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|Size||1.0 feet of linear shelf space (approximately 180 items)|
|Abstract||John Manning was a lawyer of Pittsboro, N.C.; U.S. representative from North Carolina; and professor of law at the University of North Carolina at Chapel Hill. The collection includes correspondence, financial and legal items, drafts of speeches and articles, and teaching notes. Papers pertain to Manning's work as a lawyer, as receiver for the Confederate States of America, and as a law professor at the University of North Carolina, including his commentary on Blackstone, which he used in teaching; and to Manning's wife, Louise Hall Manning.|
|Creator||Manning, John, 1830-1899.|
The following terms from Library of Congress Subject Headings suggest topics, persons, geography, etc. interspersed through the entire collection; the terms do not usually represent discrete and easily identifiable portions of the collection--such as folders or items.
Clicking on a subject heading below will take you into the University Library's online catalog.
John Manning was born on 30 July 1830, at Edenton, North Carolina, the son of United States naval captain, John Manning. He was graduated from the University of North Carolina in 1850, was licensed to practice law in 1853, and settled in Pittsboro, North Carolina, where he married Louisa J. Hall in 1856. While serving as first lieutenant of the "Chatham Rifles" in 1861, Manning was elected delegate to the Secession Convention; he was appointed as a receiver of the Confederate States of America later that year.
In 1870, Manning was elected to the 41st Congress to complete the unexpired term of John T. Deweese. In 1880, he served in the state legislature, where he introduced the first bill to provide an annual state appropriation for the University of North Carolina. In 1881, Manning was elected professor of law at the University, a position he held, while maintaining a private law practice, until his death in 1899.
Among his seven children were: Issac Hall Manning, Dean of the University of North Carolina Medical School, 1905-1933, and James Smith Manning, N. C. Attorney General and Associate Justice of the State Supreme Court.Back to Top
Most of the collection consists of correspondence. Several letters are addressed to persons other than John Manning. These persons are sometimes, but not always, members of the Manning family. After 1899, the correspondence becomes almost exclusively letters from family members and merchants to Louisa Manning.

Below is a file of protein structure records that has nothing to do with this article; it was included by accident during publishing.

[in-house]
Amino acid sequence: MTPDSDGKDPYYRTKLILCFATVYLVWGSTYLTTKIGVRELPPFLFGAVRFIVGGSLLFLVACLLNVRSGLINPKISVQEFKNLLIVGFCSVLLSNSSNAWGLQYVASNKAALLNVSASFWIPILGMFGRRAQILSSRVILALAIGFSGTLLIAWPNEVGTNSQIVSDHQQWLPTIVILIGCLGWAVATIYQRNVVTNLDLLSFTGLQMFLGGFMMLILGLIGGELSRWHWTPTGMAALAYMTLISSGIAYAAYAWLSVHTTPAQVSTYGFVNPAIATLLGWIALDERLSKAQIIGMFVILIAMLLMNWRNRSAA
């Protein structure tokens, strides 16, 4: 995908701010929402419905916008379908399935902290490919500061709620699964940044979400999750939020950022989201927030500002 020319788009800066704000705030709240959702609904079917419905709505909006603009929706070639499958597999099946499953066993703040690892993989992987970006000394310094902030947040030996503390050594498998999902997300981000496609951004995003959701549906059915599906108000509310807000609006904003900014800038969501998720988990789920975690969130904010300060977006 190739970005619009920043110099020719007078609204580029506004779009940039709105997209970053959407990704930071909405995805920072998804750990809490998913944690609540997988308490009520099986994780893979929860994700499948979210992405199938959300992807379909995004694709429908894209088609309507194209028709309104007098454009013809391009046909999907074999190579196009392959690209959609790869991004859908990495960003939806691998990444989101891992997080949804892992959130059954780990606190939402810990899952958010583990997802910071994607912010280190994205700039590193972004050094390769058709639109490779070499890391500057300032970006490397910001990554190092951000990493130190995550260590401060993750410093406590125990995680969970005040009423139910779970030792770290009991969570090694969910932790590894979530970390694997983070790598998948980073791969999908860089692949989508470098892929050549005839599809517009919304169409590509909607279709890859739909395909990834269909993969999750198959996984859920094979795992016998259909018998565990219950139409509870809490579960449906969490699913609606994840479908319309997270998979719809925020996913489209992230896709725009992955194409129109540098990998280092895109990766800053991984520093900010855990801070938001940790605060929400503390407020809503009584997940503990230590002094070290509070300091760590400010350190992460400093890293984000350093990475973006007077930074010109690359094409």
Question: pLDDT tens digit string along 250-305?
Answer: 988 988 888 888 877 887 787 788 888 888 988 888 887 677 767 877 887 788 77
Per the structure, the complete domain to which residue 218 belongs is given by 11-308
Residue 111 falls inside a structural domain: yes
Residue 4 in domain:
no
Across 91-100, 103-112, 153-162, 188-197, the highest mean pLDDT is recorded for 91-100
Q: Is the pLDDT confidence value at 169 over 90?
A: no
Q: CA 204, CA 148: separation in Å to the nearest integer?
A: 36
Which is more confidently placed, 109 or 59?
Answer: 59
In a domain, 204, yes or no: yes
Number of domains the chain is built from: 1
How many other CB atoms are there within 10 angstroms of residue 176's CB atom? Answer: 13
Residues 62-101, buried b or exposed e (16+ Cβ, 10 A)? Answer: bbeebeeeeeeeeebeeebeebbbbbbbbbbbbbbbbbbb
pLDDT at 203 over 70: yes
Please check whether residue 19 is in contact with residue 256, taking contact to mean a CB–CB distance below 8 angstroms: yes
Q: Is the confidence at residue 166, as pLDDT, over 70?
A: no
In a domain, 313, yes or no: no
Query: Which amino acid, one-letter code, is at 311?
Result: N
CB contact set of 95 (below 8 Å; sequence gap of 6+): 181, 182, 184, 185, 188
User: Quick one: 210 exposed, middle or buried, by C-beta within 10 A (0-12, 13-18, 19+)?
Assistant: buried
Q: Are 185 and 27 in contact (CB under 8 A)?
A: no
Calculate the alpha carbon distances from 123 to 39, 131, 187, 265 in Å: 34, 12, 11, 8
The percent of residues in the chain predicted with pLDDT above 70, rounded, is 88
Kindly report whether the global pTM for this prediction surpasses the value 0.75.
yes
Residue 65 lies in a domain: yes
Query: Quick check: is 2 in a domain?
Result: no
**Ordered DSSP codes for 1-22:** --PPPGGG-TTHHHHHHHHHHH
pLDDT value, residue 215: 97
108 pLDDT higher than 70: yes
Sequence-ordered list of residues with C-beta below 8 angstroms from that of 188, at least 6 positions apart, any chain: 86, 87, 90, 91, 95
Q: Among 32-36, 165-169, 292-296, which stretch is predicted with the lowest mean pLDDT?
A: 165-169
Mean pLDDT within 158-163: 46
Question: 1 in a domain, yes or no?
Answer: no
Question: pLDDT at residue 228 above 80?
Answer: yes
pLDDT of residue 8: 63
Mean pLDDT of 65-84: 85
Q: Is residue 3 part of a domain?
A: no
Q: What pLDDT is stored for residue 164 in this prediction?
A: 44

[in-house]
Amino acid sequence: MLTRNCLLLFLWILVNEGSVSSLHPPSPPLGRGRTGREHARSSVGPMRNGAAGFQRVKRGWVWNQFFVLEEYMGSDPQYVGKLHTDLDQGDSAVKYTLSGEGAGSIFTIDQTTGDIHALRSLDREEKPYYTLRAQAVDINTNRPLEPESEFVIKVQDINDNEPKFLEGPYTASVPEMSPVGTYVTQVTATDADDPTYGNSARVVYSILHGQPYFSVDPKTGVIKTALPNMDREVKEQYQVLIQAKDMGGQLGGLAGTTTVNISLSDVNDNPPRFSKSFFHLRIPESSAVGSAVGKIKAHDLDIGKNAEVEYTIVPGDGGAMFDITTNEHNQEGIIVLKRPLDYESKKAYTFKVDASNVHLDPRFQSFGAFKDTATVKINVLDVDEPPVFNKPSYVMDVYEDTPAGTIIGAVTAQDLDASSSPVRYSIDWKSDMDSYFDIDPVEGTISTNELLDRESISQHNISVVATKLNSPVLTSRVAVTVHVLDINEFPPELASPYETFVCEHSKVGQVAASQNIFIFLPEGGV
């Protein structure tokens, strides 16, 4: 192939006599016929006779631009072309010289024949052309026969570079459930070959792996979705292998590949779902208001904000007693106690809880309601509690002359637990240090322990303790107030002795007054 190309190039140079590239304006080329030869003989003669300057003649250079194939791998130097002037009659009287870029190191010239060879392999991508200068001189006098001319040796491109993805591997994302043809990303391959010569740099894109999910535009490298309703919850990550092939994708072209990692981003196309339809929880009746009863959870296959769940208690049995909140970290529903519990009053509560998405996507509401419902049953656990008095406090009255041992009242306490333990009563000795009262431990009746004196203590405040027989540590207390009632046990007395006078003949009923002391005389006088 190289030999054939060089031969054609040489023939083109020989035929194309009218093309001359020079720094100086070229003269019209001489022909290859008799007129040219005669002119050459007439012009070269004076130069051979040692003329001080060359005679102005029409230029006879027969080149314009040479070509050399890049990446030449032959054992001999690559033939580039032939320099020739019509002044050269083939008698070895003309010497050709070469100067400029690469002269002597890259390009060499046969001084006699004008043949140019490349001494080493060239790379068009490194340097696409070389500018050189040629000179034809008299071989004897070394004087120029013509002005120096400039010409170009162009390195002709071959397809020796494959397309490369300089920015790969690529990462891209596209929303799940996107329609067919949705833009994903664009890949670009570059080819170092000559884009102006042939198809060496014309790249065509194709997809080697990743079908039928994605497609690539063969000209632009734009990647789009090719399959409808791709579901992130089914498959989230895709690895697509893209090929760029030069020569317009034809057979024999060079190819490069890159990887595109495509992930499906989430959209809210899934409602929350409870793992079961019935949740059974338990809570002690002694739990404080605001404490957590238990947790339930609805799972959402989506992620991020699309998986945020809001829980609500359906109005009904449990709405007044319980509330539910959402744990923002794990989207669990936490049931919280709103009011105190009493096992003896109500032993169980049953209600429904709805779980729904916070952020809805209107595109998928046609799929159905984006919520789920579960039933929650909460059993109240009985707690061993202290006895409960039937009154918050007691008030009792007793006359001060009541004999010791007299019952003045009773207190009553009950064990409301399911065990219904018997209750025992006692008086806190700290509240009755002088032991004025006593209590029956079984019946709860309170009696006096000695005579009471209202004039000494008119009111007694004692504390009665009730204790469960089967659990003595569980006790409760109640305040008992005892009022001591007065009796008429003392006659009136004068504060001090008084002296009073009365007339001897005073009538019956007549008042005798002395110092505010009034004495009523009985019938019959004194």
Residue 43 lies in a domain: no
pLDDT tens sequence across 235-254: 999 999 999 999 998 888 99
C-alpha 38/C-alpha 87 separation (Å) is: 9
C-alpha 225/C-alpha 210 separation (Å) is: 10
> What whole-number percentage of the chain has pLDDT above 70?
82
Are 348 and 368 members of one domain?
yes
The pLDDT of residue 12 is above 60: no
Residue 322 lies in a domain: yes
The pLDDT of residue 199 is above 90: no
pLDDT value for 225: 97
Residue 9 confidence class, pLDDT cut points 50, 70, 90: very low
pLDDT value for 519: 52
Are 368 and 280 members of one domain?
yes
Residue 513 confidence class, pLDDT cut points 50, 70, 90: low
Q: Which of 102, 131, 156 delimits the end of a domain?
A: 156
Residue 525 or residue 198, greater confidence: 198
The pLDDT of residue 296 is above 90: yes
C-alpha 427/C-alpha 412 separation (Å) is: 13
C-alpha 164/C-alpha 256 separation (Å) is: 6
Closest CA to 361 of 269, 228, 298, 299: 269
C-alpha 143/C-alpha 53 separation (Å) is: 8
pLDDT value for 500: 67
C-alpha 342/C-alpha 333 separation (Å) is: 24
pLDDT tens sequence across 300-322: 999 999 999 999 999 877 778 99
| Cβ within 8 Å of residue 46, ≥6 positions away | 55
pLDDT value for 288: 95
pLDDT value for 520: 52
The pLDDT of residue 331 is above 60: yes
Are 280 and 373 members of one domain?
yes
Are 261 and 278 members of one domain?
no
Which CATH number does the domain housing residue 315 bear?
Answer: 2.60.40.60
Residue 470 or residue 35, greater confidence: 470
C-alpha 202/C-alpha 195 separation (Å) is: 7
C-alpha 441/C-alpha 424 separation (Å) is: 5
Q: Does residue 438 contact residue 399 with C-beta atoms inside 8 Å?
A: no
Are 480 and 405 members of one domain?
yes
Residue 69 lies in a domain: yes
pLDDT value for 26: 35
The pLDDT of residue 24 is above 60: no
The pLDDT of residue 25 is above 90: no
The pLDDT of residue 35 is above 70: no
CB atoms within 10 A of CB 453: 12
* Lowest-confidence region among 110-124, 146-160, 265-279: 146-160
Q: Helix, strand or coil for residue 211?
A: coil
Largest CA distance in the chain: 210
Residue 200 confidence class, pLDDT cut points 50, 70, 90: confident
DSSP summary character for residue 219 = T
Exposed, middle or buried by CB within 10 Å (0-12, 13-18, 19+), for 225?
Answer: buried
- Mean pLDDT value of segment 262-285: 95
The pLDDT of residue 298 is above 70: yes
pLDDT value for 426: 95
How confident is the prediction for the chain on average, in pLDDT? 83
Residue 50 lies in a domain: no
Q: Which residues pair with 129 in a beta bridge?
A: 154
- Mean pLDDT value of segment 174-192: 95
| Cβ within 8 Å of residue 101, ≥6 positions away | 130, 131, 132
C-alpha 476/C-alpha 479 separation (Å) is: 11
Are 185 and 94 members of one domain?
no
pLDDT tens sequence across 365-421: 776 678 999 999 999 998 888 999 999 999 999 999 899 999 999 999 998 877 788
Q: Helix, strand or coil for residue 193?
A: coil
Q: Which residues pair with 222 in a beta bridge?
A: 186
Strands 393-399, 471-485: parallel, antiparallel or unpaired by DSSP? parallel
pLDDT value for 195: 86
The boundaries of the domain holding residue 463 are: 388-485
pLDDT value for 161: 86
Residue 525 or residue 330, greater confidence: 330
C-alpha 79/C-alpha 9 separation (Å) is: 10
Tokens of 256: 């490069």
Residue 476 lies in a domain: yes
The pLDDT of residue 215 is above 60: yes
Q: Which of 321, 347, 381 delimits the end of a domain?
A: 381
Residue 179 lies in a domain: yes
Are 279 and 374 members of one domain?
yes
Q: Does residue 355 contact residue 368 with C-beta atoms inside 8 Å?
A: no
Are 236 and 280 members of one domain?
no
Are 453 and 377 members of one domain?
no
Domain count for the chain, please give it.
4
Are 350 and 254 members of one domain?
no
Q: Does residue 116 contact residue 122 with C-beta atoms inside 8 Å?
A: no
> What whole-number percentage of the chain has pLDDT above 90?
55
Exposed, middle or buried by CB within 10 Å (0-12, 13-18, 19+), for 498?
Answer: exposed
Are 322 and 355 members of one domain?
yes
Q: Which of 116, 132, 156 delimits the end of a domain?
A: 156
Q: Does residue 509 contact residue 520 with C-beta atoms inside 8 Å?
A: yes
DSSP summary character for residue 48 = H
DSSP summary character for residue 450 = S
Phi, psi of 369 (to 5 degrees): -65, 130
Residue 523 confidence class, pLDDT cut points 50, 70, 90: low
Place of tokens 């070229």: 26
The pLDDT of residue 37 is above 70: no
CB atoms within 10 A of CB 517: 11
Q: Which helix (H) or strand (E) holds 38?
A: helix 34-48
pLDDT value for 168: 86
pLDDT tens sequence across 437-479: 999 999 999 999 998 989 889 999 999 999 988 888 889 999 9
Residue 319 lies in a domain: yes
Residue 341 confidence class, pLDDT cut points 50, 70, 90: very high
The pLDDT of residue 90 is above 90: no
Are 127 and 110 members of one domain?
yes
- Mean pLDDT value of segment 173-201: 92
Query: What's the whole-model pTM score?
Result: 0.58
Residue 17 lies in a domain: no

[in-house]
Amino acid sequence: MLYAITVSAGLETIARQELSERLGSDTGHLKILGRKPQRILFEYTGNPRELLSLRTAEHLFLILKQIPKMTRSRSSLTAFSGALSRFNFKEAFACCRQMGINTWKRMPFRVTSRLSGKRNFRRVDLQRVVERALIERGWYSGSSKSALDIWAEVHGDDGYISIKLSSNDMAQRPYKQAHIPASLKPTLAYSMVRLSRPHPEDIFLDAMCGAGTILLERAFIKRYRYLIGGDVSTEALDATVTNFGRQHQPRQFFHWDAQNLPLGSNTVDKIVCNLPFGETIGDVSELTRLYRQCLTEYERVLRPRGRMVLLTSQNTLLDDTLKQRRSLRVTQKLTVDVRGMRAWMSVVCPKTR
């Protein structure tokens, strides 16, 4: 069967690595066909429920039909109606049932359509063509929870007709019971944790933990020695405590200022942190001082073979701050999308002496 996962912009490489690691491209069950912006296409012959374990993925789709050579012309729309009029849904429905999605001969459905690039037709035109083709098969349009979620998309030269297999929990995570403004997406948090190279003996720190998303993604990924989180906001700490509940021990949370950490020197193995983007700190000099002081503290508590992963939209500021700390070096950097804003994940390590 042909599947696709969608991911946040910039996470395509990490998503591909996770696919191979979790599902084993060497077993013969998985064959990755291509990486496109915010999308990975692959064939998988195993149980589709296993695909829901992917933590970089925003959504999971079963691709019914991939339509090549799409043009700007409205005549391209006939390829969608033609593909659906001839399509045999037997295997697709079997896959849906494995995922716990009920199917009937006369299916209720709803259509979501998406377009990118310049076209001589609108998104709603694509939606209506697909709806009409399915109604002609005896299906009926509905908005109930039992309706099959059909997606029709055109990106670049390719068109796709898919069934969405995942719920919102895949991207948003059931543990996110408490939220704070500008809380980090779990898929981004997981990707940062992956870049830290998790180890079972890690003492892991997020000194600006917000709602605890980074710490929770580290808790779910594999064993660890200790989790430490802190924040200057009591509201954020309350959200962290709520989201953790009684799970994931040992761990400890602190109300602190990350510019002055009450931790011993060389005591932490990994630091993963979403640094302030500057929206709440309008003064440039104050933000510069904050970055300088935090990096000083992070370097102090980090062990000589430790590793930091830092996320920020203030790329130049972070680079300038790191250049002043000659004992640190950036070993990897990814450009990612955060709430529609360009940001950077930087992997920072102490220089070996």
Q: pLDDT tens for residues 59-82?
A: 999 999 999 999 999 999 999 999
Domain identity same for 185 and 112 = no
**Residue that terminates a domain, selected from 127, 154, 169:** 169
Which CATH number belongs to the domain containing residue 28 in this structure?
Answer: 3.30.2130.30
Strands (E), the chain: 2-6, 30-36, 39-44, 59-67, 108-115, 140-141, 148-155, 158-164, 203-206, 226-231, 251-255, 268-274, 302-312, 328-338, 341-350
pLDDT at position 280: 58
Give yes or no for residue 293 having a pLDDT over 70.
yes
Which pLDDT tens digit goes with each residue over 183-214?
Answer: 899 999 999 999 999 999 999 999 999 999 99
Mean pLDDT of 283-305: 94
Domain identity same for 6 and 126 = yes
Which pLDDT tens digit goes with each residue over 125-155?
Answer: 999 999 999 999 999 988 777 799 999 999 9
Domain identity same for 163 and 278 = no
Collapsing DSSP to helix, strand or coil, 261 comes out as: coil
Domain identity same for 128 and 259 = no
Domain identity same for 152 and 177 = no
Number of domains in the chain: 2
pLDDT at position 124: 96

Several legal and financial items touch on slavery matters, while others are related to Manning's position as a receiver for the Confederate States of America.
The material on the University of North Carolina consists primarily of drafts and copies of letters, articles, and speeches by Manning refuting attacks on state funding for the University. There are also some items pertaining to the early days of the Law School.
The volumes contain Manning's commentaries on Blackstone, which were used in his law classes.Back to Top
Chiefly letters to John Manning or his wife. Among early items is a letter from John Pike of Ocracoke, NC, to Thomas Charleton (connection with Manning unknown) with justification for establishment of a lighthouse at Ocracoke (1840). Correspondence of Manning includes: two letters about war progress (1861); copies of two letters from John Manning to Englehard & Saunders about constitutional convention (1874); and copies of two letters from John Manning to Thomas Ruffin about Manning's running for judgeship.
Correspondence after 1899 consists of letters from various family members and merchants to Louisa Manning. These letters concern family life.
Letters relating to the University of North Carolina are in Series 3.
Deeds, agreements, receipts and other items, including documents bearing on slave disputes (1856, 1859); a statement of fees for a doctor's services (1851-52); six items related to John Manning's work as receiver of the Confederate States of America (Pamlico or Albemarle district?), (1861, 1863-65); and five account books noting daily expenditures.
Drafts and copies of letters, speeches, and articles refuting attacks on state funding for higher education (1894), Manning's annual Law Department reports to the University (1896, 1898), and other items.
Bound typescripts of John Manning's commentaries on Blackstone, which were used in classes he taught at the University of North Carolina.
Volume 4: "Notes on First Blackstone and Adams' Equity" copy owned and annotated by William W. Vass Junior #01970, Series: "4. Volumes" Folder 19
(Note: Manning's notes on Blackstone, Book 1, have been published--Chapel Hill: The University Press, 1899.)
Processed by: Roslyn Holdzkom, September 1986
Encoded by: ByteManagers Inc., 2008Back to Top